Study is first time human amygdala has been stimulated, breathing loss recorded.
Sudden unexpected death in epilepsy (SUDEP) is becoming increasingly recognized as a very real and devastating problem in which impaired breathing is thought to play a critical role. Researchers believe breathing may be impaired during and after seizures, without the patient’s knowledge.
By using electrical stimulation to activate the amygdala, a group of University of Iowa researchers has identified areas of the human brain in which breathing is controlled and, in some cases, impaired, providing an important insight into SUDEP.
Their study – which marks the first time researchers have stimulated the amygdala in humans and reported loss of breathing – is published in the July 15 issue of the Journal of Neuroscience.
Using a research participant with medically intractable epilepsy – epilepsy which can’t be well-controlled with two or more medications – whose brain was already being monitored to map the focus of seizures, researchers found that when seizures spread to the amygdala, the patient stopped breathing. That effect could be reproduced by electrically stimulating the amygdala. Strikingly, the patient wasn’t aware he wasn’t breathing even though he was wide awake at the time. This finding was reproduced in two other human subjects.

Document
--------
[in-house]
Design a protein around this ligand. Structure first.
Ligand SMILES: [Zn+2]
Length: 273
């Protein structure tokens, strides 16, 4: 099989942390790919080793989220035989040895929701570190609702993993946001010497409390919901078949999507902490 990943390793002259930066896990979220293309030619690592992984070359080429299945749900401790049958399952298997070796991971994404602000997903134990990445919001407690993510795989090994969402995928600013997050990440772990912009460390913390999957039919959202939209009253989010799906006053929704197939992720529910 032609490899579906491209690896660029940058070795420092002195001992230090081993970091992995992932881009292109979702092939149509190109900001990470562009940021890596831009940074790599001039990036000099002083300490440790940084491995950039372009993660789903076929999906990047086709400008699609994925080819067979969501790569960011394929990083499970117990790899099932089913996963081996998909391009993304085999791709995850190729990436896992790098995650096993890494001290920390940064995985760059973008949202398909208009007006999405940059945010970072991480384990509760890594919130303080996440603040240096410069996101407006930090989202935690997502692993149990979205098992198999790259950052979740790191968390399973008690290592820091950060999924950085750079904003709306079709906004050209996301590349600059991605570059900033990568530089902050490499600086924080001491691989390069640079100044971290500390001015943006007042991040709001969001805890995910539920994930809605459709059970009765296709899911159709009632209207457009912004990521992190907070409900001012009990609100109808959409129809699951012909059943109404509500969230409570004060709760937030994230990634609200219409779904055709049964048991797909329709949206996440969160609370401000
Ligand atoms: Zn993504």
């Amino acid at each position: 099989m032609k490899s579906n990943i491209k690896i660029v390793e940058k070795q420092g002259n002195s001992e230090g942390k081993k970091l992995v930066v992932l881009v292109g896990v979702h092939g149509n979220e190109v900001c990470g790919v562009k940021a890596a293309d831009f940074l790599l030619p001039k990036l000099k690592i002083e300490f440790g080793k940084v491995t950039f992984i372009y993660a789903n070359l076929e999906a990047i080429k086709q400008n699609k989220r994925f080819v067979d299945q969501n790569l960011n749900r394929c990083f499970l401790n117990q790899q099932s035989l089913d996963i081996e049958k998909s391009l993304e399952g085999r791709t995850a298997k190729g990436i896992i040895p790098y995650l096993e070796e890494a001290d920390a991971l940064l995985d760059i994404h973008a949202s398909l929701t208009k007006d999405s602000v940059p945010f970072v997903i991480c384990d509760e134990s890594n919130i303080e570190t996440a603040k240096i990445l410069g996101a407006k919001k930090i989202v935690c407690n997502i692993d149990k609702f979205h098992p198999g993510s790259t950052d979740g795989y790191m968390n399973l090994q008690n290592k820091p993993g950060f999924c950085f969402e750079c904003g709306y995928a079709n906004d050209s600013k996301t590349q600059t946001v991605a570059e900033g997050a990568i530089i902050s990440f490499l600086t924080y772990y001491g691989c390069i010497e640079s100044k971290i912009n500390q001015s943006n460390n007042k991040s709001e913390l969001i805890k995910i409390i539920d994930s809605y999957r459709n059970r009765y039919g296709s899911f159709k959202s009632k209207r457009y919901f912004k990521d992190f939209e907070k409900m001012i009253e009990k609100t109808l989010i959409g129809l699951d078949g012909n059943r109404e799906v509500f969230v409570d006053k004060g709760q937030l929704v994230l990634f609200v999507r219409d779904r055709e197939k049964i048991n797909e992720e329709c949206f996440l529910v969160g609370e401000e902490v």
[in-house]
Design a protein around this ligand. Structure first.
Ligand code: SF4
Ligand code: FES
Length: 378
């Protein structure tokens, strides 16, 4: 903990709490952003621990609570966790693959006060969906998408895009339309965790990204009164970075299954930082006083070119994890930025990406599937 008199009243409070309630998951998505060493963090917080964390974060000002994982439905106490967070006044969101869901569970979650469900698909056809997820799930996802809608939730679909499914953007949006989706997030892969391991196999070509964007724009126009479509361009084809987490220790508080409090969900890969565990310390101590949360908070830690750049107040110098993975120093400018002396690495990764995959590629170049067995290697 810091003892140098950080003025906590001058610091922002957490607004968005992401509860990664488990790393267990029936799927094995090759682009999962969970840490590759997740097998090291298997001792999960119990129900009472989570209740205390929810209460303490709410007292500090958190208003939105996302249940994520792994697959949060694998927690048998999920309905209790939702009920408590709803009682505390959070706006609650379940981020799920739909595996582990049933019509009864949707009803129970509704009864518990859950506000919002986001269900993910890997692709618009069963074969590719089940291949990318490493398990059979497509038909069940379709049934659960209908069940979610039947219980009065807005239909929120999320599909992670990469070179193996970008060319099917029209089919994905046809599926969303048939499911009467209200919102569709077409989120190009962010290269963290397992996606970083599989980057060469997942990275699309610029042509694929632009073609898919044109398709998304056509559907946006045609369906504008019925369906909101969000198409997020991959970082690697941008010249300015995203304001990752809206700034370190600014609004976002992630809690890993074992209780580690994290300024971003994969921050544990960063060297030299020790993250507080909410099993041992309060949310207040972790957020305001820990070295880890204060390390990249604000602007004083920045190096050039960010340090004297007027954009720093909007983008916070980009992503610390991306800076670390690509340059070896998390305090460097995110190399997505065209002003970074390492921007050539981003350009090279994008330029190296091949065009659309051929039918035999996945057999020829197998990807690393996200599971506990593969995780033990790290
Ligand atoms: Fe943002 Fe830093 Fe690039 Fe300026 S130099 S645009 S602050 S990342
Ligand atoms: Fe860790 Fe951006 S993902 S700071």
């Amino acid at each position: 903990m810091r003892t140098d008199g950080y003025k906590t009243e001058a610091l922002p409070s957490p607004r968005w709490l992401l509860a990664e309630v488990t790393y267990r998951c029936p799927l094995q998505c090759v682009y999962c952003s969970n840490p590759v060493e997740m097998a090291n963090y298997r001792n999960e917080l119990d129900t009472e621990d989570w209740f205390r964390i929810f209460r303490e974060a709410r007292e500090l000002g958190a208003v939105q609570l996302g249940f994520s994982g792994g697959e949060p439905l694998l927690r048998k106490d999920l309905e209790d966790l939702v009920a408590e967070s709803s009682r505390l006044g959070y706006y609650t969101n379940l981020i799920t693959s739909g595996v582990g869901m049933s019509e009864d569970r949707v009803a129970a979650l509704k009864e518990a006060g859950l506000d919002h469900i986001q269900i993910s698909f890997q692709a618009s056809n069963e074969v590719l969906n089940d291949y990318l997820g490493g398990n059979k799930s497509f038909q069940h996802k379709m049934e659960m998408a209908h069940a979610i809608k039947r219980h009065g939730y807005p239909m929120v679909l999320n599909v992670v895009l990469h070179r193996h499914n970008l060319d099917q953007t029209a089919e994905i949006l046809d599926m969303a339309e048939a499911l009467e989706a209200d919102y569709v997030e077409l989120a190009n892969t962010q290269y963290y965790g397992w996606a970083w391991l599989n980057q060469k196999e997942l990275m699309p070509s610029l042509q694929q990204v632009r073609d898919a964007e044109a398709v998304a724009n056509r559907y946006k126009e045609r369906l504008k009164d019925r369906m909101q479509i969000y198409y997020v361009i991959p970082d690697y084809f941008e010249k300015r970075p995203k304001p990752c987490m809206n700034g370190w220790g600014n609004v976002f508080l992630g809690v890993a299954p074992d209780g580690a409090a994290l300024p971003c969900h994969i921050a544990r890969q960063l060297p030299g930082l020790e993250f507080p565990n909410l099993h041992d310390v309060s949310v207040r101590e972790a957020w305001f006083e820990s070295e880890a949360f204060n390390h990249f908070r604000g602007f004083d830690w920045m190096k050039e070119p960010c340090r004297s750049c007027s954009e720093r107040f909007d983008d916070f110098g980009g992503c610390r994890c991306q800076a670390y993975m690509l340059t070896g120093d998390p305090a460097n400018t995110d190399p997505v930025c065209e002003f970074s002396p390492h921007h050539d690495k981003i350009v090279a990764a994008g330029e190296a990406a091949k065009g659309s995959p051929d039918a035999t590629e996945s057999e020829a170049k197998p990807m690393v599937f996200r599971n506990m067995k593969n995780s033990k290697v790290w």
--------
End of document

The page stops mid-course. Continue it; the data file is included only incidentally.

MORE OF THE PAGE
“Amazingly, the patient was completely unaware that he had stopped breathing,” says Brian Dlouhy, M.D., assistant professor of neurosurgery at UI Carver College of Medicine and lead author of the study. “It was remarkable to all of us that one of the essentials of life – breathing – could be inhibited and the patients themselves were completely unaware of this.”
“The patient just sat there, unconcerned that he was not breathing,” says John Wemmie, M.D., Ph.D., professor of psychiatry, molecular physiology and biophysics, and neurosurgery at the UI Carver College of medicine, and an author of the paper. “If we asked him to hold his breath for the same duration of time, it was difficult for him and he could barely do it. But when the amygdala was stimulated, he didn’t even notice that his breathing had stopped.”
Dr. George Richerson, M.D., Ph.D., professor and chairman of neurology, and professor of molecular physiology and biophysics, and neurosurgery at the UI Carver College of Medicine, also an author on the paper, says, “These findings provide an explanation for why SUDEP occurs after seizures, because patients would stop breathing but be completely unaware that their blood oxygen levels are progressively dropping to fatally low levels. The lack of awareness would prevent activation of the reflex that is needed to restore oxygen levels back to normal.”
The team’s findings may be key in helping to decrease instances of SUDEP, Dlouhy says.
“Identifying brain areas where seizure spread interferes with breathing may help identify patients at risk for SUDEP and lead to preventive strategies,” he says.
About this epilepsy research
Funding: This work was supported by the US Department of Veterans Affairs, McKnight Neuroscience of Brain Disorders Award, NIH/National Institute on Deafness and Other Communication Disorders, and Doris Duke Clinical Research Fellowship.